This publication is about a lot more than the documentation of my recovery from cancer.
I have wanted to be a writer since I was a frustrated three-year-old unable to write my older brother a note (probably about what a jerk he was being). It’s my earliest memory.
I went downstairs from my room and found my dad working in “his chair” in our living room, which was large enough for me to climb up on his lap and explain my problem.
My dad let me hold his heavy fountain pen in each hand and then he made the discovery for me: “Boo, you are a lefty!”
Being a lefty has become a kind of life issue for me that is tangentially related to the point of this post: I have lived a long life of trauma and I have long been writing about it.
But now, I am a better writer. And I want to try again.
In 2013, I attended Columbia University’s journalism program, and my reporting professor Michael Shapiro, told me the best thing in the world for me would be to become a daily reporter.
I took his advice seriously.
Because of another Columbia professor, Walt Bogdanich, who liked me even though he told me recently that he thinks he wrote that I was a pain-in-the-ass in my review, I managed to get down to Florida and start reporting. I worked as a political and legislative session reporter for the Florida USA Today papers from 2016 to 2017, and then POLITICO hired me as a state government and health correspondent.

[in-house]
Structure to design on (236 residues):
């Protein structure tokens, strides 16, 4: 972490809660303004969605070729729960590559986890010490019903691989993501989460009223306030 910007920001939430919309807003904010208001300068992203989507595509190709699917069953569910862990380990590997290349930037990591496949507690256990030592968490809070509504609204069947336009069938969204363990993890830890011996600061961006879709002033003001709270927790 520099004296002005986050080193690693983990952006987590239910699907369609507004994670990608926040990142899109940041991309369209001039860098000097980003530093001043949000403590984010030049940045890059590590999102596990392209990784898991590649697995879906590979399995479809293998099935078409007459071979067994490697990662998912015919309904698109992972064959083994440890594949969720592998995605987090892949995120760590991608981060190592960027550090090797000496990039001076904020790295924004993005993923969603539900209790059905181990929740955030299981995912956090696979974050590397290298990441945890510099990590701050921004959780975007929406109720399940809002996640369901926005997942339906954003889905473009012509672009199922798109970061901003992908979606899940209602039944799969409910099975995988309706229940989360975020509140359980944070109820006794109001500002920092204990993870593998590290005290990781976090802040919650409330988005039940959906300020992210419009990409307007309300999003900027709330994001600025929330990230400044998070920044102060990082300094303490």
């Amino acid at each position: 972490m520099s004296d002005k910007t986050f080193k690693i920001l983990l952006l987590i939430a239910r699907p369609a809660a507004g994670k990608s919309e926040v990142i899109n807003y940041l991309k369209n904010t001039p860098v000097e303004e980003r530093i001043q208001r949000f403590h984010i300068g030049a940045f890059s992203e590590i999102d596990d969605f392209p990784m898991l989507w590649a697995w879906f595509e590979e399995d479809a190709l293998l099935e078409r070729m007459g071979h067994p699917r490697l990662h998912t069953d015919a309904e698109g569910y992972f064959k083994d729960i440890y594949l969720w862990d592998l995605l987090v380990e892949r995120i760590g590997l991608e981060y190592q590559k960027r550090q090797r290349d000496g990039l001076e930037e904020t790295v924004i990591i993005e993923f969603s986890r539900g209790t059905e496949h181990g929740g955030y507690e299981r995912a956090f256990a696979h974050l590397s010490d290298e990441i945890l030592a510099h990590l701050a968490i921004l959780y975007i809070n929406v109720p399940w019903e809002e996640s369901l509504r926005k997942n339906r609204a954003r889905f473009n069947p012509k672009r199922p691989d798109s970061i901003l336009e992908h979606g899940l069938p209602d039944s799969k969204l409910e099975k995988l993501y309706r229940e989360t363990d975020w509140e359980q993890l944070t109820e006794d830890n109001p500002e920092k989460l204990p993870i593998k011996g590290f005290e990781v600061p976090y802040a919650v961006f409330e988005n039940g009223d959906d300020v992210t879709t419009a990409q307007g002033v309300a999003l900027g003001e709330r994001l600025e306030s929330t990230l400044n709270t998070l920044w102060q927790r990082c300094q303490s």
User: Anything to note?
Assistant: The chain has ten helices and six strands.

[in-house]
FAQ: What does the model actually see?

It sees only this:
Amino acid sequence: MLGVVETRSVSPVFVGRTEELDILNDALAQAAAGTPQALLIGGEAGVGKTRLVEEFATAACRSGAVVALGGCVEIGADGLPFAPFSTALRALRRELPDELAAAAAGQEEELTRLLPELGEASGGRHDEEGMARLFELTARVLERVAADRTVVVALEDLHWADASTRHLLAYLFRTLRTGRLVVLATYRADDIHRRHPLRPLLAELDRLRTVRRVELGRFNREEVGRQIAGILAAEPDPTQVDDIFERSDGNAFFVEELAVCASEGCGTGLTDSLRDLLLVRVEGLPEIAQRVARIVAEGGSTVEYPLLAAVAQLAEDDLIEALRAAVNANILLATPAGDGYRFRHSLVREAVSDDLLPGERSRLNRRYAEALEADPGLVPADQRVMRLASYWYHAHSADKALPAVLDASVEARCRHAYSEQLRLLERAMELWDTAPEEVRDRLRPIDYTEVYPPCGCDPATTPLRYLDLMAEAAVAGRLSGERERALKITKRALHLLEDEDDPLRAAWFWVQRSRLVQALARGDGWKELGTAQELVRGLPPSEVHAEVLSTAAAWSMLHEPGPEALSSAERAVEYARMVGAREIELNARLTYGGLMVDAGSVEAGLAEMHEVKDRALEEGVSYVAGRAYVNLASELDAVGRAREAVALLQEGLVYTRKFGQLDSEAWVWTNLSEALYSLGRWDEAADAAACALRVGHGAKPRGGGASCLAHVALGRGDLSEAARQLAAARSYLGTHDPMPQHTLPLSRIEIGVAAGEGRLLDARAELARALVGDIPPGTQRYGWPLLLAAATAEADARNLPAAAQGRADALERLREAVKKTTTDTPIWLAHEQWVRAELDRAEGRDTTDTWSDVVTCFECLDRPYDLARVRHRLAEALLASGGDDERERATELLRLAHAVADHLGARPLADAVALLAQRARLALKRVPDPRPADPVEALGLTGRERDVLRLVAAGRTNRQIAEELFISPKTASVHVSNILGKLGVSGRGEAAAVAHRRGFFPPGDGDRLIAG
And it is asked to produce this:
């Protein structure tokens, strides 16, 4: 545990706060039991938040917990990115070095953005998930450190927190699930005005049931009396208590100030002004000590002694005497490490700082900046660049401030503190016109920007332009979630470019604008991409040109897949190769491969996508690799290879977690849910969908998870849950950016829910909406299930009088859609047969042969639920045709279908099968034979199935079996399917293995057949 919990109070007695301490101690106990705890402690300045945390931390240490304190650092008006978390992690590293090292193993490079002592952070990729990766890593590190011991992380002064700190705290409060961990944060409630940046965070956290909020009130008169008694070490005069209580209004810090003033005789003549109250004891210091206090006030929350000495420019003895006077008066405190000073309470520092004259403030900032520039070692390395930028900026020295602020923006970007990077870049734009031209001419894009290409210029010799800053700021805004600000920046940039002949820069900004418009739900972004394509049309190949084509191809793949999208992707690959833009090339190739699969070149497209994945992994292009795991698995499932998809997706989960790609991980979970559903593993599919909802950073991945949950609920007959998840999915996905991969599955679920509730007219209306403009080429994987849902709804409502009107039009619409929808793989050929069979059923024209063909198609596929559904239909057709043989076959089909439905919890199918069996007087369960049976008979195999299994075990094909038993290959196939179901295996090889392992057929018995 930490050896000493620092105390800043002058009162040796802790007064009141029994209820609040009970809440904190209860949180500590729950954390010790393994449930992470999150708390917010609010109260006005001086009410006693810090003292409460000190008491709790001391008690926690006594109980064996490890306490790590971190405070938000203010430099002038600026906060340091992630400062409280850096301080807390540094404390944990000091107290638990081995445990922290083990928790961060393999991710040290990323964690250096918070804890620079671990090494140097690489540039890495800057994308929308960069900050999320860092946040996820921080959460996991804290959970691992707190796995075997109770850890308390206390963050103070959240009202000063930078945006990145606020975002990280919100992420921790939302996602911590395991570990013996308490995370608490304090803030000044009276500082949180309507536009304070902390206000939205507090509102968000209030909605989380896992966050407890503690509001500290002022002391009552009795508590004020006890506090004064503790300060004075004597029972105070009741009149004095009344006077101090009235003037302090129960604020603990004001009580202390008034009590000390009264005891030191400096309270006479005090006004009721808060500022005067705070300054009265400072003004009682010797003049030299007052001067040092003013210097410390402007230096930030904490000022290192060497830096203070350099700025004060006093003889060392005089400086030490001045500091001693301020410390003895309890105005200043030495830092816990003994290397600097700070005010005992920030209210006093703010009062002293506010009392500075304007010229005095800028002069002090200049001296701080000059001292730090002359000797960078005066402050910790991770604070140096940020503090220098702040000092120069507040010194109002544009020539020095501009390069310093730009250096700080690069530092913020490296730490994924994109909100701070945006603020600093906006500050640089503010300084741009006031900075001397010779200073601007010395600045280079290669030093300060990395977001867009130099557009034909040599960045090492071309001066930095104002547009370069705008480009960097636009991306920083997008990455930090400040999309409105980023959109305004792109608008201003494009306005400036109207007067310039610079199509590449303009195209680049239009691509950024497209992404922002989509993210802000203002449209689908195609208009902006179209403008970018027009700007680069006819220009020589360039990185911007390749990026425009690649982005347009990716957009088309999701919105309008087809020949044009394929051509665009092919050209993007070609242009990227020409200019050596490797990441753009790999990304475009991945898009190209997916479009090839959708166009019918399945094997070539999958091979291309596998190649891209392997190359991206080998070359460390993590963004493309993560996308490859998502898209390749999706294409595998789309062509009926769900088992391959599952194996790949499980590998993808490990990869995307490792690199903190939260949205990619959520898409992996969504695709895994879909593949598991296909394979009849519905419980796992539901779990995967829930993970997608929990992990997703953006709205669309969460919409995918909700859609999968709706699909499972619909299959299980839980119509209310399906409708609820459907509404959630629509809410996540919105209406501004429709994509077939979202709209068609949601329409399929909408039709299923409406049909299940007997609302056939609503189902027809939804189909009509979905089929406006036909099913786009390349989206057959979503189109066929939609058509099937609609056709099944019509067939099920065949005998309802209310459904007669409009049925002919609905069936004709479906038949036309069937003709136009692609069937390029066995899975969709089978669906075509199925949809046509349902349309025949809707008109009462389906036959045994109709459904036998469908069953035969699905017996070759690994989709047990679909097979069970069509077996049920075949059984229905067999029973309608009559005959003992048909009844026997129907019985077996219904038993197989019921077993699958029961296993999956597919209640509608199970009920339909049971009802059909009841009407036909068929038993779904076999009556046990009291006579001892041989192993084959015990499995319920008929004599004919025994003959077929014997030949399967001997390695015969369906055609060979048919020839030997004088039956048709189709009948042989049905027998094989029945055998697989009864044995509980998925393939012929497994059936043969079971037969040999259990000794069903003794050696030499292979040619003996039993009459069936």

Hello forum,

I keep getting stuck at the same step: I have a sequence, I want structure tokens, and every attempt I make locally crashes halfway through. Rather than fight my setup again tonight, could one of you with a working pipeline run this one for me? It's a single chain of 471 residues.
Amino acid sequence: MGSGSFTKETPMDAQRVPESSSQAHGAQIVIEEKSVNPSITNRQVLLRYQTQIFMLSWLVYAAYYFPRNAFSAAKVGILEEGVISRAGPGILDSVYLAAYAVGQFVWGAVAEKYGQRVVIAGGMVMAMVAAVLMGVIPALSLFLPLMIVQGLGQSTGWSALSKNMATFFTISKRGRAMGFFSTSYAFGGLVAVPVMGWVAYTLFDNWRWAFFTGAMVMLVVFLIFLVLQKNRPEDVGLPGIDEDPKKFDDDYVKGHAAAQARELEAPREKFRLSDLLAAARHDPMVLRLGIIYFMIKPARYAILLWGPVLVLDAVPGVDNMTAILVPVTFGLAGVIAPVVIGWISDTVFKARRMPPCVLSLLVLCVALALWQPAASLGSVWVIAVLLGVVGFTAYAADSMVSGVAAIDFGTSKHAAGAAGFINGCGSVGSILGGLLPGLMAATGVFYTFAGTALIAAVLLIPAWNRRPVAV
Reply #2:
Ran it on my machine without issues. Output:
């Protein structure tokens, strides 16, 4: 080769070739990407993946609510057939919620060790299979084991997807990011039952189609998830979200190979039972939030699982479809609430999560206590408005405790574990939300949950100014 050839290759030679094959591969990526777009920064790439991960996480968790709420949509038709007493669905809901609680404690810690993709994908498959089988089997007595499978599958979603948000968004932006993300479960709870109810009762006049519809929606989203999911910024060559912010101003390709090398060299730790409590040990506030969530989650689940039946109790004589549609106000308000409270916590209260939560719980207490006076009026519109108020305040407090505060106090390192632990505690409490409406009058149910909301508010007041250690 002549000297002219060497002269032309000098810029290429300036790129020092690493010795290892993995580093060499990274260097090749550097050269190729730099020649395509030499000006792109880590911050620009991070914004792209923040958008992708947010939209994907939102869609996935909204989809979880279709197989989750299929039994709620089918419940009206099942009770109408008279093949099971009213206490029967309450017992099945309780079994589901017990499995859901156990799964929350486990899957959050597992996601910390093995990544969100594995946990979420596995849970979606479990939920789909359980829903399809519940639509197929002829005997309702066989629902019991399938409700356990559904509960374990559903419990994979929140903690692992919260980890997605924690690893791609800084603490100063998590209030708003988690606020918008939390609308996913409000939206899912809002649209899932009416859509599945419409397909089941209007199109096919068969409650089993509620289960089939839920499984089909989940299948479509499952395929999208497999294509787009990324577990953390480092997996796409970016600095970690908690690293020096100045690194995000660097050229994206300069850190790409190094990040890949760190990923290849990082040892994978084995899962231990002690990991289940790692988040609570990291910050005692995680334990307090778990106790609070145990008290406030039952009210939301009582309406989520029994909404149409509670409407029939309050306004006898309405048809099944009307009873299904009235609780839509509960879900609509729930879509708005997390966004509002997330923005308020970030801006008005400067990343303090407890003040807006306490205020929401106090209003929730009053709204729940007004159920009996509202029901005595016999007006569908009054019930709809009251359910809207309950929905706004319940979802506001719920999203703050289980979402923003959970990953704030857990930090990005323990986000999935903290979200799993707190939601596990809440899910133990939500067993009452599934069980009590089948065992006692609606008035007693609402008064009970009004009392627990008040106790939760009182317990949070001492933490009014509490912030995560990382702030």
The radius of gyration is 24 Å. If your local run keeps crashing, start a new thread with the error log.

My husband Lawrence, our puppy Lily and I live in a cute townhome in Tallahassee, the Florida capital. I hope to convince you it is the millennial haven for which we’ve all been searching.
I still work at POLITICO, which has made me a much better reporter and writer, but I am on medical leave. I am on leave because I went through months of grueling treatment for breast cancer in 2018 and 2019, and when that was over, I had a mental breakdown. I owe a lot of people in that company gratitude for being kind to me over the past year as this crisis has been building.
But, now, I want to write about the emotional hardship of cancer. Every patient talks about it endlessly and yet, no one in the greater public seems to understand it.
I don’t just want to write about the emotional hardship of cancer, I need to. I am not having intrusive suicidal thoughts this week, but have had them many times in the last year. I am married to a wonderful human, Lawrence Mower, and I have great parents and friends and a longstanding relationship with my therapist.
I have never once considered that I would actually go through with any of those thoughts, so don’t worry. 🌻
Those suicidal thoughts are intrusive but they’re not in charge. I am in charge of my mind, of my life, my career and equally share control in my intimate relationships.
It’s taken me a long time to get here, no doubt, but I am here. I have arrived… to adulthood.
But I am still having a mental health crisis and I want to tell you about it. I want to tell you about so many things, some of which are old traumas, that I find I am dealing with again, along with this new one.
If you already know me, you will understand when I say, this publication will be eclectic, just like I am. I really look forward to getting to know you all better.
Thanks for reading. 🥰